Natural Gas Vehicle News

How the Transportation Sector Is Moving Away from Petroleum

The transportation sector is moving away from oil slowly but surely. Driven by growth in the use of biofuels and natural gas, non-petroleum energy now makes up the highest percentage of total fuel consumption for transport since 1954, according to a new report from the U.S. Energy Information Administration (EIA).

Anheuser-Busch recognized as Green Fleet of the Year

 Anheuser-Busch was recognized for a corporate-wide program that includes converting significant portions of its trucking operations to natural gas, as well as instituting operational changes to improve fleet productivity.

Freightliner, Ryder Supply CNG Units to Several Fleets

Ryder System Inc. and Freightliner Trucks said they have supplied new compressed natural gas-fueled trucks to several companies and fleets including Indian River Transport, Alpha Packaging Inc. and Boyd Metals Transportation.

More Colorado AFV Infrastructure Money

The Colorado Energy Office said Monday that it will release its third round Request for Applications through the ALT Fuels Colorado grant program on Tuesday, June 2.  The funding covers compressed natural gas fueling station equipment costs of up to $500,000, capped at 80% of total.

City of Tucson, an Early CNG Adopter, Planning Upgrades

The City of Tucson, Ariz., is refurbishing its existing compressed natural gas (CNG) fueling station in order to modernize the facility and to accommodate the continued expansion of the city's CNG vehicle flee

Non-Petroleum Transportation Fuels at 50-Year High

While petroleum remains far and away the most-consumed transportation fuel, other fuels are now at their highest level of use since the mid-1950s, according to the U.S. Energy Information Administration (EIA).  In 2014, transportation use of natural gas also reached a historic high of 946 trillion Btu, representing 3.5% of all natural gas used in the United States. 

Ryder Providing CNG Trucks to Two Arkansas Fleets

Alpha Packaging Inc., a corrugated box manufacturer, has signed a full-service lease agreement for seven compressed natural gas (CNG) tractors. To support its new natural gas fleet, Alpha is building an on-site CNG fueling station at its location.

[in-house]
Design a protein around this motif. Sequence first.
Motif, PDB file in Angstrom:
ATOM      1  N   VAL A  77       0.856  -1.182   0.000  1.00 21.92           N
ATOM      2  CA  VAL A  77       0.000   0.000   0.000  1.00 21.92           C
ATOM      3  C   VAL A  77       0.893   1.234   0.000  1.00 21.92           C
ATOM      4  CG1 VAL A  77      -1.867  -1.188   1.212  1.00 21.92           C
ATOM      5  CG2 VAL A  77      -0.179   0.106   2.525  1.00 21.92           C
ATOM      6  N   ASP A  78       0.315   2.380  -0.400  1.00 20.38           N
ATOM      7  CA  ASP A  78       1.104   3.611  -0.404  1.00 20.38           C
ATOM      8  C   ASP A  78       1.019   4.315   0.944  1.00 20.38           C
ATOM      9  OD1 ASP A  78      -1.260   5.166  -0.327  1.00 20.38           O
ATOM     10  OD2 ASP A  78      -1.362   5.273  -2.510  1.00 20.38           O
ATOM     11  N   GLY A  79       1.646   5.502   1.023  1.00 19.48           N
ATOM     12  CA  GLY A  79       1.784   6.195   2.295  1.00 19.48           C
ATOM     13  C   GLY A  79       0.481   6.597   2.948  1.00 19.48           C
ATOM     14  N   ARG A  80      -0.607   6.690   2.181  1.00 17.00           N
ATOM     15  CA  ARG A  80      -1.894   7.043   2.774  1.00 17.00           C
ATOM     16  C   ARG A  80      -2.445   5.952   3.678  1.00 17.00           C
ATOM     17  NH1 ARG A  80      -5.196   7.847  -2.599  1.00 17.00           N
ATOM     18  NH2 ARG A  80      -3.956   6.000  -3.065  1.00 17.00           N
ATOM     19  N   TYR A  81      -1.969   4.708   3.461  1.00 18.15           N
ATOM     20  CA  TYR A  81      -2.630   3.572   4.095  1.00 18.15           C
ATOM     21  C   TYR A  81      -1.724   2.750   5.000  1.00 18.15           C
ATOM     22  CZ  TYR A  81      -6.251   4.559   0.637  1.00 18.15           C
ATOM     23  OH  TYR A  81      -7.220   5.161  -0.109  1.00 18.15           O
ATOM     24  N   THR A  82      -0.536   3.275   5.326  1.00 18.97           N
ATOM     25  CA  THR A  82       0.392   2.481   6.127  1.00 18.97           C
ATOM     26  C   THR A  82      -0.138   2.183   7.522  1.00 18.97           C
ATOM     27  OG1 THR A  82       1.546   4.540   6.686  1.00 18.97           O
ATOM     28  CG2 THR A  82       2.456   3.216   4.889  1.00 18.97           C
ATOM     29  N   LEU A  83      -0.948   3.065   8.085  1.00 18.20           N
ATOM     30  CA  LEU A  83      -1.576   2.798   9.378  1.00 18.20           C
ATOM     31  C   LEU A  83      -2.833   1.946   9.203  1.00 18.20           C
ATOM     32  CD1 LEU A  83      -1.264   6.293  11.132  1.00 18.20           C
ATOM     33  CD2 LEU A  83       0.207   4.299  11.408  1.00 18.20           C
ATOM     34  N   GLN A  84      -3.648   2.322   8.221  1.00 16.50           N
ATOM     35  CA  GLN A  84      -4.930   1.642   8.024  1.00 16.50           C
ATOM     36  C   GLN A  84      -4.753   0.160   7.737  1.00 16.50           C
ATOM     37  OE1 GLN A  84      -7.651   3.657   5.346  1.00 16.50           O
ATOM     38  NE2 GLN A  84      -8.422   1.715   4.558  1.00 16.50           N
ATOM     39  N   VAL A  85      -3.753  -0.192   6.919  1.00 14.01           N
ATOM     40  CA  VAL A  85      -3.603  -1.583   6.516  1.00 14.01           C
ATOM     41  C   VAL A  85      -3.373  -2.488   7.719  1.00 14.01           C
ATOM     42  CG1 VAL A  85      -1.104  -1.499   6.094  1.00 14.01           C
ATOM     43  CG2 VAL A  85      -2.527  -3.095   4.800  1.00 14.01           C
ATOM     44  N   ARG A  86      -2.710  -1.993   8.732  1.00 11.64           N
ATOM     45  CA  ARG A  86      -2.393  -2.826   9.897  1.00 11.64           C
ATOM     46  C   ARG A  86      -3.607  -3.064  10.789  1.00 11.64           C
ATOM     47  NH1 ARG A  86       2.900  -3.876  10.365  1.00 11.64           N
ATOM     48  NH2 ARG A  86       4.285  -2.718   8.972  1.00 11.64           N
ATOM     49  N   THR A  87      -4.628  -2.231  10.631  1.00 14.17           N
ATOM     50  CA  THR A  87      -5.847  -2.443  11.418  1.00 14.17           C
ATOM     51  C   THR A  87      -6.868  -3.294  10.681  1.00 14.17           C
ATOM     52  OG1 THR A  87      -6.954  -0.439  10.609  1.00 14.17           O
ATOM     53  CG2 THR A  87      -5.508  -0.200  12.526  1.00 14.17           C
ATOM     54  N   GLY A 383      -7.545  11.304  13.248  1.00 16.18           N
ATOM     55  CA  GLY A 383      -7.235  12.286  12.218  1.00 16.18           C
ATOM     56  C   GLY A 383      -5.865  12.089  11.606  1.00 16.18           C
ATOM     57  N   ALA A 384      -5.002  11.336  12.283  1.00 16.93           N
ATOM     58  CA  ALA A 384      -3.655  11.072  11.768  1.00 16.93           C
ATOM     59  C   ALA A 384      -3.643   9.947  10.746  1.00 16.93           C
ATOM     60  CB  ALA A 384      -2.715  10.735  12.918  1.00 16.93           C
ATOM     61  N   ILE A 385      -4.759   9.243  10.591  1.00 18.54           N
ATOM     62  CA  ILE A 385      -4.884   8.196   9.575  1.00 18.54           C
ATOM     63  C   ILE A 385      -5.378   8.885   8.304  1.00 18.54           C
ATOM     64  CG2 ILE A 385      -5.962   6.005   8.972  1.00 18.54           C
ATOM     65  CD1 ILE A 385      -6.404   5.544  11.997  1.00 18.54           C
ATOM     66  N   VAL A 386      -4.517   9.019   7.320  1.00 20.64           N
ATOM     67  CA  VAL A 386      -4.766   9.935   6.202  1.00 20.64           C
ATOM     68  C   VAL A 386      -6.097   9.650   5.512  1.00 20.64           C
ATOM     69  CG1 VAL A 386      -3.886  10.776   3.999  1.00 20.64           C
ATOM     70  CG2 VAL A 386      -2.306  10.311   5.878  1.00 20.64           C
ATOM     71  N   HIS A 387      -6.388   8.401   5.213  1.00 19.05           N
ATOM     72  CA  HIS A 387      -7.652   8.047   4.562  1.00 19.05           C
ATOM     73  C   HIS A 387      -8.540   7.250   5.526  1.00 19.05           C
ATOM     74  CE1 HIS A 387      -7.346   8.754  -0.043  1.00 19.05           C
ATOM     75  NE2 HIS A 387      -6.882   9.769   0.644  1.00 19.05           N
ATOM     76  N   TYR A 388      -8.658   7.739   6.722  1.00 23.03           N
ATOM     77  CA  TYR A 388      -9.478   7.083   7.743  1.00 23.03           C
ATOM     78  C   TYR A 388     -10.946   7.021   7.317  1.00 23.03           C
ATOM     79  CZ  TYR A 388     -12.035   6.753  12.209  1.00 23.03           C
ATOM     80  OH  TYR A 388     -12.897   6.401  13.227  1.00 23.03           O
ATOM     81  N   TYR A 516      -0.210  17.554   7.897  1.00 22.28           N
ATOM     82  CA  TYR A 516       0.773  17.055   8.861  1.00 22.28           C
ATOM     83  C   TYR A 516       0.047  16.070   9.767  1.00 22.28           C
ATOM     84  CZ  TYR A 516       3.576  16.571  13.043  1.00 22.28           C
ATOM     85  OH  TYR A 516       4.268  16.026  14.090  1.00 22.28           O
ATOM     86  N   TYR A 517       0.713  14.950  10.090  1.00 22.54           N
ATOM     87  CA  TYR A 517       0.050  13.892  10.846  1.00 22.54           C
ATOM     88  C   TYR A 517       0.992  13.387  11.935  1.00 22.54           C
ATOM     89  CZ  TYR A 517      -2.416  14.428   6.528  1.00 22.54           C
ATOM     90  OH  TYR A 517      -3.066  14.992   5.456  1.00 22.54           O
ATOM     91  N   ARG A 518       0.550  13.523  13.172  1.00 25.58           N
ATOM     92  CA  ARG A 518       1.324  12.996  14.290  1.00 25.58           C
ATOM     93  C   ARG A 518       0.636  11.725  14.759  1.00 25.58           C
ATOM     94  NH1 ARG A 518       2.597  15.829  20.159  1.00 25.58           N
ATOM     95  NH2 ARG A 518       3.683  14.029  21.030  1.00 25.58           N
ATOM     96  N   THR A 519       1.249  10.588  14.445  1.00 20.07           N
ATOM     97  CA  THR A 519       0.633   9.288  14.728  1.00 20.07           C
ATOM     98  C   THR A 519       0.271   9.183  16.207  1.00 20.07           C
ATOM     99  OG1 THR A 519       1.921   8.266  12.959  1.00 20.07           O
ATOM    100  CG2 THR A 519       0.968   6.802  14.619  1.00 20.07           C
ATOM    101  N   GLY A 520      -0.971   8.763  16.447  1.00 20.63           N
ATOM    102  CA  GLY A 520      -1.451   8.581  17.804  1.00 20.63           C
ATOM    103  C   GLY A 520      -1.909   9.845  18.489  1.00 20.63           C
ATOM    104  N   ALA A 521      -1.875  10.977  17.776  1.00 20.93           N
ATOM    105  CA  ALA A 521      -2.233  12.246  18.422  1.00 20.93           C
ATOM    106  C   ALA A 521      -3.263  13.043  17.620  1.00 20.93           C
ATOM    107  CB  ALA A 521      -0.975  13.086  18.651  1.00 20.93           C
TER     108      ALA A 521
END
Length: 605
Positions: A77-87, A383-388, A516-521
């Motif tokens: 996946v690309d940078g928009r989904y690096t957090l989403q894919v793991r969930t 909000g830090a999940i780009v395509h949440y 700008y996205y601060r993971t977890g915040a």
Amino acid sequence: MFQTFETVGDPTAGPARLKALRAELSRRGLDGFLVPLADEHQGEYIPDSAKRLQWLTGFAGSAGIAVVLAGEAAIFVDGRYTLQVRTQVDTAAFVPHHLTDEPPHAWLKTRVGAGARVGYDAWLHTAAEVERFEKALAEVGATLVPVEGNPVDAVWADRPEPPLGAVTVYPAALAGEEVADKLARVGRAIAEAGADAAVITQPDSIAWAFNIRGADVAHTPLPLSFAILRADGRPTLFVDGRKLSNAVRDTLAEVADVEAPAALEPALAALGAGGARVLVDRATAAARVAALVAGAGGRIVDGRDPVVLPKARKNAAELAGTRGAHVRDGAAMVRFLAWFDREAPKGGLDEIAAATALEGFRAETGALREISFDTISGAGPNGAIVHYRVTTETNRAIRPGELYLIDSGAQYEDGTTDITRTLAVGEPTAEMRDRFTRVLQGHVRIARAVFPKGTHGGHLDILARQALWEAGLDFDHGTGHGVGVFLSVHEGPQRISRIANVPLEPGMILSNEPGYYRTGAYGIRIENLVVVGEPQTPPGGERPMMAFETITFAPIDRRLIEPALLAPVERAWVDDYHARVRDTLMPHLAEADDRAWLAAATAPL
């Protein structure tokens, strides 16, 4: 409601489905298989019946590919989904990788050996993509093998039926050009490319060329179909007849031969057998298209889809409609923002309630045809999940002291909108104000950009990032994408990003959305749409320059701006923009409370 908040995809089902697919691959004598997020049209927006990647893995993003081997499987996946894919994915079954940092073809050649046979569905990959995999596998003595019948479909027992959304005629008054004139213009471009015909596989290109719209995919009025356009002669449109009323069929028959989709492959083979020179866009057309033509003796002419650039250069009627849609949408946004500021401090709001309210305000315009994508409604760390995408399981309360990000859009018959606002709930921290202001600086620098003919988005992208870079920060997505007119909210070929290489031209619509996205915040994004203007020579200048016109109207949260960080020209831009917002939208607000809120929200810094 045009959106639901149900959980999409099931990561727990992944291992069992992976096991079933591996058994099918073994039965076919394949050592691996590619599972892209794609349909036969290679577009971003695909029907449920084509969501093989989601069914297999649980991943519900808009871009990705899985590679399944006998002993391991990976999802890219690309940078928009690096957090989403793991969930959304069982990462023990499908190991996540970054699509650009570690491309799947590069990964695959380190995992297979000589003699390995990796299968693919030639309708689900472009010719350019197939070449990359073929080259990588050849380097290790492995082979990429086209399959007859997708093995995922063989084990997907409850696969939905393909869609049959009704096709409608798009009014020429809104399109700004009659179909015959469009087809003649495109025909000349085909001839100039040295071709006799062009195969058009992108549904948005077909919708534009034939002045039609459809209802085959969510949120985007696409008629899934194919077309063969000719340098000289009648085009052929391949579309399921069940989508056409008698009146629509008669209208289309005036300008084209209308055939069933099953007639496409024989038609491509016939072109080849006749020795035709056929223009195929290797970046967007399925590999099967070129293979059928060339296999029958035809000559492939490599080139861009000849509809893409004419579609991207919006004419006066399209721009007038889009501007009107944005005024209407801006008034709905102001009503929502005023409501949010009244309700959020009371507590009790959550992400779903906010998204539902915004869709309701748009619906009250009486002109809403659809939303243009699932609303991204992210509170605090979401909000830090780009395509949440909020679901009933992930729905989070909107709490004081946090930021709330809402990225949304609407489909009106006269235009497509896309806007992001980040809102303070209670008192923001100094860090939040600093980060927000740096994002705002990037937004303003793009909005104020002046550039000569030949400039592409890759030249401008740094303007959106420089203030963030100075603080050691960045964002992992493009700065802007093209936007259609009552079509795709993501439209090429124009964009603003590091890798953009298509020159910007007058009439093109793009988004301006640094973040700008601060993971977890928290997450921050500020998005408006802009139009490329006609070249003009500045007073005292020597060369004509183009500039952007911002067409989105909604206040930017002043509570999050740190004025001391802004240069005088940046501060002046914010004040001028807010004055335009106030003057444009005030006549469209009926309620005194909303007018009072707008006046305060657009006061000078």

Republic Services goes green

Republic Services has invested $23 million since 2009 to start replacing its fleet of diesel trucks, to the more environmentally friendly compressed natural gas — or CNG — trucks going into service in Meridian, Mississippi. The station that services Meridian has 151 trucks that call it home, and 85 of those trucks are CNG powered.

California freight facilities could be required to reduce harmful emissions            

Marine terminal operators, warehouses and truck facilities in California could be called upon to manage harmful emissions under the California Air Resources Board’s proposed Sustainable Freight Plan, according to a shipping industry representative

TA TravelCenters for NGV Truck Service

TravelCenters of America has completed upfits at eight  A Truck Service and Petro:Lube facilities to provide maintenance and repair for both compressed natural gas and liquefied natural gas-fueled truck

Class 8 truck orders reach 17-month low

Final Class 8 net orders for April totaled 22,400 units, reaching a 17-month low, according to data from ACT Research.  Classes 5-7 truck net orders came in at 17,700 units, also down.

Fuel Price News

As U.S. Inventories Fall, Crude Prices Rise

Crude oil prices bounced back on Wednesday from steep falls in the previous session as government data showed that U.S. crude stocks fell last week for the third straight week.

Consensus of Supply Disruptions Boosts Crude Oil Prices

NYMEX-traded July WTI (West Texas Intermediate) crude oil futures rose by 2.95% and settled at $60.72 per barrel on May 21, 2015. Oil prices surged due the consensus of supply disruption and inventory draw-downs.